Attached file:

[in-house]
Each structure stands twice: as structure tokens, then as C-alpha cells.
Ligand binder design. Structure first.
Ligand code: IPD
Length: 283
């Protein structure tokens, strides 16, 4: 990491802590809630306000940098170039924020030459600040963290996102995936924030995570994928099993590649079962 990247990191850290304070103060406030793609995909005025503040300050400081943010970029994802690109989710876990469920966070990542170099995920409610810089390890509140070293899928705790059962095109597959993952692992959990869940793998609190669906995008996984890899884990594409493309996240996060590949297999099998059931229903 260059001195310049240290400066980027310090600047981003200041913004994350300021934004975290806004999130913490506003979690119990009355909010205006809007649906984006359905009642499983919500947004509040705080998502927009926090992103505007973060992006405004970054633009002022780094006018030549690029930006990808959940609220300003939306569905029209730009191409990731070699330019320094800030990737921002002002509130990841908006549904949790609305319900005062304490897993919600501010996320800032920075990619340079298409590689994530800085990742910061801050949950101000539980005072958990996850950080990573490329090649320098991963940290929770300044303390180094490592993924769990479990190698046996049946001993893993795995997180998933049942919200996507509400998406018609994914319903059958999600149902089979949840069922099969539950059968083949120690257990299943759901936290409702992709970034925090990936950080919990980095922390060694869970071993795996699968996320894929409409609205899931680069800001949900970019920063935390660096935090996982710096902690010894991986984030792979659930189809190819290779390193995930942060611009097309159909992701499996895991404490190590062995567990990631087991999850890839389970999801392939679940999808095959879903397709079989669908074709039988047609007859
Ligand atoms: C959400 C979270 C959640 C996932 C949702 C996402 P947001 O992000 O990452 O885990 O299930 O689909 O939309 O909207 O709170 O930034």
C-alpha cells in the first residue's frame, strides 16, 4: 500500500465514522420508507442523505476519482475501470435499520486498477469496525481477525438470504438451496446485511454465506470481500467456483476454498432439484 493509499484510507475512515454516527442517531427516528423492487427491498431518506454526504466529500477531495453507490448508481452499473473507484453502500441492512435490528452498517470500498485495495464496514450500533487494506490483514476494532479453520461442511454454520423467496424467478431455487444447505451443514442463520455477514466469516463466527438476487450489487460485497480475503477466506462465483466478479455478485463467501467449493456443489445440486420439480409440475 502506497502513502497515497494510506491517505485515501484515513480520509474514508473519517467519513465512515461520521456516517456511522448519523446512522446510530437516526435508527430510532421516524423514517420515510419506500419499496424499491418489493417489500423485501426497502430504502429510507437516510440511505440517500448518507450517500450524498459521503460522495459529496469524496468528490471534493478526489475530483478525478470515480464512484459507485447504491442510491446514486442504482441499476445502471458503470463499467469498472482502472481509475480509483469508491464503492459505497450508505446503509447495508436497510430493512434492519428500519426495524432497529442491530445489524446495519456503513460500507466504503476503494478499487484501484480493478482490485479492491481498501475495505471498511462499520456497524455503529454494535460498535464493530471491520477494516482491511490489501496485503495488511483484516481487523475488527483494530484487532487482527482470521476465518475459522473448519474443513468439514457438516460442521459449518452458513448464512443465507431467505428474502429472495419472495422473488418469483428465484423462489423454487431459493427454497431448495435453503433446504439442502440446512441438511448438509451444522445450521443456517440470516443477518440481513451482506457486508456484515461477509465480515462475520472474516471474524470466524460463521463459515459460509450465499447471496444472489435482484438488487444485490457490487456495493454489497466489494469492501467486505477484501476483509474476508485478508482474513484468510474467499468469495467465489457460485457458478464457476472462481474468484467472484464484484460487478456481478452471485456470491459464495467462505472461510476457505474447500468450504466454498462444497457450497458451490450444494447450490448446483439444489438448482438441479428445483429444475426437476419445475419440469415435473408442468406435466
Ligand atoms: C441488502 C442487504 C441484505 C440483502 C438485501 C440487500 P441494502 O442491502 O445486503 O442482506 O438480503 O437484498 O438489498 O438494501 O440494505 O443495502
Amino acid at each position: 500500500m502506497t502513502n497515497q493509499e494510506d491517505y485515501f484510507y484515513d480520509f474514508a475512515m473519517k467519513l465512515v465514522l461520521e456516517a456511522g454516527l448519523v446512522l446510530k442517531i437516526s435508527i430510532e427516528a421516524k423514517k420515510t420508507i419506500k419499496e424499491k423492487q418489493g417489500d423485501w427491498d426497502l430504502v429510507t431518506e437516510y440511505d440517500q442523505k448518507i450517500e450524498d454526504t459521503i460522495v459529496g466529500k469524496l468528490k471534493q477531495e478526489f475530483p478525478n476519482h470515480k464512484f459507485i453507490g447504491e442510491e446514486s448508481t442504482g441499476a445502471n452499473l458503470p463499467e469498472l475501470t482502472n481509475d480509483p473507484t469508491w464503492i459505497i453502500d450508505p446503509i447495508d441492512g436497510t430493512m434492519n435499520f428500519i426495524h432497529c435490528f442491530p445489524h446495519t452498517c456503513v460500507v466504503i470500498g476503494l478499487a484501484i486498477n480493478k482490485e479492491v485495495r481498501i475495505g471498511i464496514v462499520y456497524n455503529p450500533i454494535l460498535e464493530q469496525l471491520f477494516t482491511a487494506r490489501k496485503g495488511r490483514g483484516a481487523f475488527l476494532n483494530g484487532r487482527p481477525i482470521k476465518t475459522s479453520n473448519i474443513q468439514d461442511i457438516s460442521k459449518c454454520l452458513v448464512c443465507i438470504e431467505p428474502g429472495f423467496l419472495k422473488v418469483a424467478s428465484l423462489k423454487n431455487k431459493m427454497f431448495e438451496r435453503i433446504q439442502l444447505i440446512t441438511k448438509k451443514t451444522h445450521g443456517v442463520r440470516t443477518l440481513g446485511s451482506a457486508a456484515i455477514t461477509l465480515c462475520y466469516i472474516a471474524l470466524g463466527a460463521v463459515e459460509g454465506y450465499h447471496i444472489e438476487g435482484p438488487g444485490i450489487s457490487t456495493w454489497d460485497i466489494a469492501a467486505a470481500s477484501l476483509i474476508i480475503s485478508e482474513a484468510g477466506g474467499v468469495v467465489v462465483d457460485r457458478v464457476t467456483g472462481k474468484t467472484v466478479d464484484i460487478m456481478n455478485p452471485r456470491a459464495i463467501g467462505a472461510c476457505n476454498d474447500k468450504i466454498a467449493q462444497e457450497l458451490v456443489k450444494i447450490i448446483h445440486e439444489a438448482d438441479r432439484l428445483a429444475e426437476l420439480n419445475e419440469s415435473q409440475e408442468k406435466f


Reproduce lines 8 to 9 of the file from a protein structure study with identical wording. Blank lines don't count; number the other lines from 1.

C-alpha cells in the first residue's frame, strides 16, 4: 500500500465514522420508507442523505476519482475501470435499520486498477469496525481477525438470504438451496446485511454465506470481500467456483476454498432439484 493509499484510507475512515454516527442517531427516528423492487427491498431518506454526504466529500477531495453507490448508481452499473473507484453502500441492512435490528452498517470500498485495495464496514450500533487494506490483514476494532479453520461442511454454520423467496424467478431455487444447505451443514442463520455477514466469516463466527438476487450489487460485497480475503477466506462465483466478479455478485463467501467449493456443489445440486420439480409440475 502506497502513502497515497494510506491517505485515501484515513480520509474514508473519517467519513465512515461520521456516517456511522448519523446512522446510530437516526435508527430510532421516524423514517420515510419506500419499496424499491418489493417489500423485501426497502430504502429510507437516510440511505440517500448518507450517500450524498459521503460522495459529496469524496468528490471534493478526489475530483478525478470515480464512484459507485447504491442510491446514486442504482441499476445502471458503470463499467469498472482502472481509475480509483469508491464503492459505497450508505446503509447495508436497510430493512434492519428500519426495524432497529442491530445489524446495519456503513460500507466504503476503494478499487484501484480493478482490485479492491481498501475495505471498511462499520456497524455503529454494535460498535464493530471491520477494516482491511490489501496485503495488511483484516481487523475488527483494530484487532487482527482470521476465518475459522473448519474443513468439514457438516460442521459449518452458513448464512443465507431467505428474502429472495419472495422473488418469483428465484423462489423454487431459493427454497431448495435453503433446504439442502440446512441438511448438509451444522445450521443456517440470516443477518440481513451482506457486508456484515461477509465480515462475520472474516471474524470466524460463521463459515459460509450465499447471496444472489435482484438488487444485490457490487456495493454489497466489494469492501467486505477484501476483509474476508485478508482474513484468510474467499468469495467465489457460485457458478464457476472462481474468484467472484464484484460487478456481478452471485456470491459464495467462505472461510476457505474447500468450504466454498462444497457450497458451490450444494447450490448446483439444489438448482438441479428445483429444475426437476419445475419440469415435473408442468406435466
Ligand atoms: C441488502 C442487504 C441484505 C440483502 C438485501 C440487500 P441494502 O442491502 O445486503 O442482506 O438480503 O437484498 O438489498 O438494501 O440494505 O443495502